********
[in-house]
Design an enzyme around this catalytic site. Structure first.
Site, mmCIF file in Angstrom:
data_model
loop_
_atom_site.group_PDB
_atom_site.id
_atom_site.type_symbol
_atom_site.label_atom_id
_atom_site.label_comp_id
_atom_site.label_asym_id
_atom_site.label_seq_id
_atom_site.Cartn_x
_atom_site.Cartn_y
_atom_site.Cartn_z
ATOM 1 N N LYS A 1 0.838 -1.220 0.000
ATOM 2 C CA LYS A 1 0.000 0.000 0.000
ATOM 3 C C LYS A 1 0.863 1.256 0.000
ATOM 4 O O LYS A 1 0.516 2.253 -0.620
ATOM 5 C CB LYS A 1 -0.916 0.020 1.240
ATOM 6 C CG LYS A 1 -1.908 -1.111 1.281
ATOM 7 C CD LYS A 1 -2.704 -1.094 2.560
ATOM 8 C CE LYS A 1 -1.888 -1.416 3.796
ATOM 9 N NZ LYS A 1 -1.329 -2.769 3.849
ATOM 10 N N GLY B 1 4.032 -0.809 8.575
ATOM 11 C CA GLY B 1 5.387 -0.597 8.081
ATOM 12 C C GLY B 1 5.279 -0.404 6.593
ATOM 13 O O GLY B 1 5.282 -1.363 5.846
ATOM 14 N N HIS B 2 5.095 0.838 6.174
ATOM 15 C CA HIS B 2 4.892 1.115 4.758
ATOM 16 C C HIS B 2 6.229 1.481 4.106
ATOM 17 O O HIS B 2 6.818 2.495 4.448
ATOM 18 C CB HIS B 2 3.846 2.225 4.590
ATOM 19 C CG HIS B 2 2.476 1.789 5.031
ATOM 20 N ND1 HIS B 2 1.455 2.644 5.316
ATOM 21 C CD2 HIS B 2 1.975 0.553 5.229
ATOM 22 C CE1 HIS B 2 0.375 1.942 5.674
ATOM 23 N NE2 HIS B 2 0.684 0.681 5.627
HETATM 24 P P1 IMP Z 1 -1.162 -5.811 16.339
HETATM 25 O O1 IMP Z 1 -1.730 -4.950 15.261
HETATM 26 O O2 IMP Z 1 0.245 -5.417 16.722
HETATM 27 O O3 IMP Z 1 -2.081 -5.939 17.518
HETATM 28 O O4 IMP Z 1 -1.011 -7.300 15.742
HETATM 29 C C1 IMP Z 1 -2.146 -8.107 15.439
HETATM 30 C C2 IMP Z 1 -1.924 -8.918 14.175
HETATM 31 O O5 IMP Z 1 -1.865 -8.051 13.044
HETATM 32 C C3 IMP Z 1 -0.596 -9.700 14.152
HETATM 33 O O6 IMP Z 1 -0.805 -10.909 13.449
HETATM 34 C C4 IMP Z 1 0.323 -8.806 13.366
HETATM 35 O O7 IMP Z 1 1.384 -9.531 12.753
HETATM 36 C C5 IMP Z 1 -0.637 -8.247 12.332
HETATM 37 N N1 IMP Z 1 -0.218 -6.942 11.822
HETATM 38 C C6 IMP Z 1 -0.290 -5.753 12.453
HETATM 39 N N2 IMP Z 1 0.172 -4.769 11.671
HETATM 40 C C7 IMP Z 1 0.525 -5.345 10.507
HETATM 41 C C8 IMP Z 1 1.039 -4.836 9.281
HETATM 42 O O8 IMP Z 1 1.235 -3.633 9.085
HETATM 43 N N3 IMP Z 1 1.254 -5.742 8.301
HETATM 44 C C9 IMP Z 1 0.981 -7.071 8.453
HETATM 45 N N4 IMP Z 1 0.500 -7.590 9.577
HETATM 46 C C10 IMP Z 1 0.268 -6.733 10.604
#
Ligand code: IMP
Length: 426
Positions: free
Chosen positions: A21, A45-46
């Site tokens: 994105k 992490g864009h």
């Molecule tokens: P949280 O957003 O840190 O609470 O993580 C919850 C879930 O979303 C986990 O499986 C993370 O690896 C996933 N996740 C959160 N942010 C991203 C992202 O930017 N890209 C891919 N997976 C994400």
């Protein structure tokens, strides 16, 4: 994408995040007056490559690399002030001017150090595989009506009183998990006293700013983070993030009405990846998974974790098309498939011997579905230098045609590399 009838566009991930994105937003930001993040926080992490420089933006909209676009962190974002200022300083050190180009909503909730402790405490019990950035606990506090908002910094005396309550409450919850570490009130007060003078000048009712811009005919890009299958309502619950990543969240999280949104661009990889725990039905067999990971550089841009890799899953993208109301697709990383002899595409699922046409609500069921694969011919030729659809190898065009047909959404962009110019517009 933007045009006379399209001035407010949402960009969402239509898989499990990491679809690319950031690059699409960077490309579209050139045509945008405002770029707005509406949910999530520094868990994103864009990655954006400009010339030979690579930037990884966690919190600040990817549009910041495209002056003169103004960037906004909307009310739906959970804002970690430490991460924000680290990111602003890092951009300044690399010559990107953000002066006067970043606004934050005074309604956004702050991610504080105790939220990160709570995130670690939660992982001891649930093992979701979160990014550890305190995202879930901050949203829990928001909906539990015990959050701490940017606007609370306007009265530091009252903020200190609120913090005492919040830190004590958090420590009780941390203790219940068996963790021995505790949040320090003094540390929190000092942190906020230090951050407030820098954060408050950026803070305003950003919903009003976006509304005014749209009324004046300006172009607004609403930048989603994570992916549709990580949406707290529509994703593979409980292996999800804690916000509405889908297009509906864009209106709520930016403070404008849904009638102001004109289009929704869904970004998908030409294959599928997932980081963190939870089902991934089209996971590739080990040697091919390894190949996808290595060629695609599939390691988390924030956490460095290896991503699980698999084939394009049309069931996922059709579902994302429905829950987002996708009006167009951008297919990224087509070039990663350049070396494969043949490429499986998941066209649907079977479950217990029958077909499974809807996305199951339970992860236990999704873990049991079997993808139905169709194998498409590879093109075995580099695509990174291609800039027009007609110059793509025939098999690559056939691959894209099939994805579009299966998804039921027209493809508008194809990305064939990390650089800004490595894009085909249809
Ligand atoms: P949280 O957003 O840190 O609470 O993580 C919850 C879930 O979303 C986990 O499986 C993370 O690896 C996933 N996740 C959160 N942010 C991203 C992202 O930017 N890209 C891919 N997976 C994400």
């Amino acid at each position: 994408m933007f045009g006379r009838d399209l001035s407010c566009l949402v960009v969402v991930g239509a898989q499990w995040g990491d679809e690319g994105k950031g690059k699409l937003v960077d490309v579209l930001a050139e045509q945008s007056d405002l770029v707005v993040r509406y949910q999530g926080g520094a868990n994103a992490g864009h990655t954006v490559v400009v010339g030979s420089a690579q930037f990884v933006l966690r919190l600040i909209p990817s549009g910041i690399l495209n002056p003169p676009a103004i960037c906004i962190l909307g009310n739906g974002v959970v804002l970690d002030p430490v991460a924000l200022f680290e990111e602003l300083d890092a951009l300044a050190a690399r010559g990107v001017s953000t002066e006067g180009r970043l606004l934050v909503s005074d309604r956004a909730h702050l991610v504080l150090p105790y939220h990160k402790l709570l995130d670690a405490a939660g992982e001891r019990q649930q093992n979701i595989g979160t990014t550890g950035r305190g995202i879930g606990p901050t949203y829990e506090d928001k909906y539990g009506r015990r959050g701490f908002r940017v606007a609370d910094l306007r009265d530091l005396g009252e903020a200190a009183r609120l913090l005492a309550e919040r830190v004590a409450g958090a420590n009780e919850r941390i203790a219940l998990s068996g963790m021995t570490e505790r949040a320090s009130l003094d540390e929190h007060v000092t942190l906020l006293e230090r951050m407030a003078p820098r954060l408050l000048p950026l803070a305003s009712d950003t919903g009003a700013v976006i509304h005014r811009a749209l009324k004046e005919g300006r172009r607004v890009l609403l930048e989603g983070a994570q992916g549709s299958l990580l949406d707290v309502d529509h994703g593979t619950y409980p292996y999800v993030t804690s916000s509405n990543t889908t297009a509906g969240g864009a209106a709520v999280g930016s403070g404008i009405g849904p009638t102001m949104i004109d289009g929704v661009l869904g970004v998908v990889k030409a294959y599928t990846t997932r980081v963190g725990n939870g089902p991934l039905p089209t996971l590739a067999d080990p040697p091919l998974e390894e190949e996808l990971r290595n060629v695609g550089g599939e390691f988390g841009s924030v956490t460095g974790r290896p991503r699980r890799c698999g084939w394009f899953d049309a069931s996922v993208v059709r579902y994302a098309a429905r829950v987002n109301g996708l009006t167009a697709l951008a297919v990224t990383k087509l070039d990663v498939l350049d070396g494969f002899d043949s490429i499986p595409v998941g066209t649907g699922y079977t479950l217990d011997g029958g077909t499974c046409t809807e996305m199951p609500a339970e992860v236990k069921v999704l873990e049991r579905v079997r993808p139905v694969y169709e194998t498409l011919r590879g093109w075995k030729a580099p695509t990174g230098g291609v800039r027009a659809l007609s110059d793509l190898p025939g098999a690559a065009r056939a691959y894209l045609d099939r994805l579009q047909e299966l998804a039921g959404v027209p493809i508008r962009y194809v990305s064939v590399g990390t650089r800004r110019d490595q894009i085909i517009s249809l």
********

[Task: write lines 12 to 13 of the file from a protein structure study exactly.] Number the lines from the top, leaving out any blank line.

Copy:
_atom_site.label_seq_id
_atom_site.Cartn_x